First published 'Memes' 1991
I always returned to the Regency Cafe. There was nowhere else like it.
Many of my friends said they didn't know where it was and even after I'd given them exhaustive directions to meet me there after dark, none of them arrived, later telling me that they had searched high and low, turned right where I'd said, and equally left where I'd also said, but no sign of the Regency Cafe.
This was quite beyond me because, of an evening, its music (usually Edith Piaf) echoed loudly down the surrounding side-streets. Its lights shone out and yellowed the wet cobblestones like old-fashioned diseases. How could you miss it, I wondered.
Still, there were times when even I found it more difficult to locate. I put this down to the weather - because the elements often alter the way the land lies as well as one's own frame of mind. But I always did find it in the end. Those were usually the evenings when a big football match was being held in the city, with the consequent lack of customers drinking black coffee.
The city was ever full of mist. One wondered if the floodlights penetrated sufficiently to pick out the players and the ball.
The air could be seen to coil upwards at street corners. This was indeed a feature of our city, something to do with disused underground railways, I'd always thought.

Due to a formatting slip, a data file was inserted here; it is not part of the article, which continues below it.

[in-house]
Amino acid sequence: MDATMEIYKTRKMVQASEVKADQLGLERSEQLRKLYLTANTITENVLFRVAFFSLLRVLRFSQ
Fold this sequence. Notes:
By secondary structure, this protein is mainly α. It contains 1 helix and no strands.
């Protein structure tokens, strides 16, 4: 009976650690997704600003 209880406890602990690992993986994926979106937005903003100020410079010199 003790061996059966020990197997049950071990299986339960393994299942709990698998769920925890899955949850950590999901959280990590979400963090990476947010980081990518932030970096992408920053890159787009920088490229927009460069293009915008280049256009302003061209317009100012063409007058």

My mind was wandering. I had no set goal in life. The visits to the cafe were, believe it or not, the highlights of each dark afternoon which imperceptibly turned into night. When my friends didn't turn up, I began to suspect they were not friends any longer or, even, that I never had any friends at all.
The steaming coffee urns were a comfort to watch, however, as was the waitress who tended them. They had a beautiful shape. I'd never seen urns like them. The steam hissed gently, the tenebrous fluid gurgled, as the whole of my life scried before my very eyes within the dissolving coffee grounds.
One day, the waitress looked beautiful herself. I'd never really examined her closely. I knew her general demeanour was one of the positive things of life. But there it had ended. So, on a particularly misty afternoon, with the street thermals more than a little active, I turned my eyes towards her, as towards a recently polarised magnet. The other customers had already become shadowy glimpses bent over lonely cups in every corner. She became the fixation: a paramount image of one I should have loved all these months, rather than ignored. I needed to speak to her: and she opened her mouth as if to speak to me just as kindly...
There were hearty slaps on my back. My so-called friends had at last discovered the Regency Cafe and I spent the rest of the night entertaining them amid the loud French music. I hoped none of them would ever come again.
The following dark afternoon, there was a waiter on duty. He told me that the waitress had left the cafe ... for good.